40 Live – Curætion-25 + Anniversary
40 Live presents two very different 2018 concerts by The Cure in celebration of the band’s 40th anniversary in a variety of digital formats and limited editions. Curætion-25: From Here to There, filmed at the final night of the 25th Meltdown Festival at London’s Royal Festival Hall and directed by Nick Wickham, is a procession forward and then back through The Cure’s discography, resulting in two songs each from the band’s full-length releases. This concert feels like a typical Cure performance, letting the music speak for itself with the band dutifully performing these 28 songs, which includes a sprinkling of fan favorites and many tracks seemingly unearthed for this show (“Bananafishbones” anyone?). Robert Smith delivers an emotional “Disintegration” and is a bit lively during “High.” Reeves Gabrels is able to cut loose in his patented style somewhat on “A Night Like This” and “From the Edge of the Deep Green Sea,” and, of course, Simon Gallup’s bass is the heart and backbone of The Cure. Smith is almost entirely silent in between songs, managing only a couple of thank yous, and director Wickham attempts to unnecessarily liven up the proceedings by using video effects straight out of the 80s on many of the songs, which prove to be distracting and annoying. Because of the song selections and their systematic order of presentation, Curætion-25 is definitely a concert for Cure completists.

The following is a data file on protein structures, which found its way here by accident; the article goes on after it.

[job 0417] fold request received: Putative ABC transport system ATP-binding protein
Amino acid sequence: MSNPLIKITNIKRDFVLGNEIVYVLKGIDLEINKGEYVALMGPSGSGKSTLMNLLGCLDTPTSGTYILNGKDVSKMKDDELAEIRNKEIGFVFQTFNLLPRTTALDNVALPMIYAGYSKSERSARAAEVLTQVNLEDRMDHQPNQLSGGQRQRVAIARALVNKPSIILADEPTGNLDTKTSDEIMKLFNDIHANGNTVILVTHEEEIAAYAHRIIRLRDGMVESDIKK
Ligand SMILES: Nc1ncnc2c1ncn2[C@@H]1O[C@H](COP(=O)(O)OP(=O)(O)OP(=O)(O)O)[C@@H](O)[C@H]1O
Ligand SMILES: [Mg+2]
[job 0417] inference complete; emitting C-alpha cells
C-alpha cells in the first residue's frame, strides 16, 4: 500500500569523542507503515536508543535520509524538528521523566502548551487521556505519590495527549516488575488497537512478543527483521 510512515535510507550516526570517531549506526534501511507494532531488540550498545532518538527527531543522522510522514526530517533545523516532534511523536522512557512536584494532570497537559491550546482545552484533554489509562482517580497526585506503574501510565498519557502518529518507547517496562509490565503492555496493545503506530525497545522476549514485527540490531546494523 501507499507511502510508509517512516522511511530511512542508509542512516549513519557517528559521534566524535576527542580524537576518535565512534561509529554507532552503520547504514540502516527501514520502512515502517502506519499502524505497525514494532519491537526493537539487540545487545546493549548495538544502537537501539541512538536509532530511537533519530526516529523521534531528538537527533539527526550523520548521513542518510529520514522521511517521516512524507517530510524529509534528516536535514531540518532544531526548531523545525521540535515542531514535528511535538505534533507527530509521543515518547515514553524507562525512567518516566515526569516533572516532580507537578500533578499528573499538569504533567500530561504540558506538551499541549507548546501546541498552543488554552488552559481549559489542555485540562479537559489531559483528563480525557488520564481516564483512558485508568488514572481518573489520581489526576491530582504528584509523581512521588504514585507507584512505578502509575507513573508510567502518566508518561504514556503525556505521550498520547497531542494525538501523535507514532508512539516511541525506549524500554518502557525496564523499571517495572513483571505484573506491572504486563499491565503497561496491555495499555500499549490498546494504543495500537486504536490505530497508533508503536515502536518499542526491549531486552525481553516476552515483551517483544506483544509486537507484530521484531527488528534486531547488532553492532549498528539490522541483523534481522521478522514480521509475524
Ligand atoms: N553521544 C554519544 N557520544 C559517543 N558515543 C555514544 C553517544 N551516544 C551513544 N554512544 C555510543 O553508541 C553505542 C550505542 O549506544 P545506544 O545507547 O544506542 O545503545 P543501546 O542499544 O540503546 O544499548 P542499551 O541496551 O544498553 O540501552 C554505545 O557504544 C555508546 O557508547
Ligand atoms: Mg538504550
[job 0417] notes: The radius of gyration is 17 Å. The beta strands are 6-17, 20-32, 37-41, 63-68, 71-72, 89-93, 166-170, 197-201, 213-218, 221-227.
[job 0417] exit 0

Anniversary: 1978–2018 Live in Hyde Park London, on the other hand, is an immensely joyful celebration of The Cure, with an endless sea of 65,000 fans. Smith and the band are genuinely enjoying themselves throughout the entire performance, with plenty of smiles, playfulness, and energy, which, after 40 years, the band deserves. It does take a little bit of an adjustment to see The Cure begin the concert in the bright daylight in front of a truly massive crowd, as the band plays 29 of their best-loved songs for over two hours. On paper, the set list doesn’t have many surprises—your favorite is probably here—but these live versions outshine many of their studio counterparts, especially the band’s earlier material, and Robert Smith’s voice has held up impressively well over the years and sounds unbelievably better than ever. Masterfully directed by Tim Pope, Anniversary is an amazing concert to see and hear, letting the viewer experience the enormity of the concert as well as the intimacy of the band. Robert Smith is especially animated during “Close to Me,” in which he dances and smiles from ear to ear, and the darkness finally begins to fall during “Fascination Street.” “Push,” from Head on the Door, is a surprise and clearly gets the crowd riled up, and every song on this set list plays like a highlight. Following “Disintegration,” the band takes a brief break before going into “Lullaby,” and after a raucous “Why Can’t I Be You?,” Smith delivers a sincerely heartfelt thank you to the audience for 40 years of The Cure. The band then launches into an electrified closing string of their earliest material—“Boys Don’t Cry,” “Jumping Someone Else’s Train,” “Grinding Halt,” “10:15 Saturday Night,” and finally “Killing an Arab.” Anniversary is a concert to be watched and celebrated over and over, and clearly establishes The Cure as the best band of its generation. ~ Rodney Kusano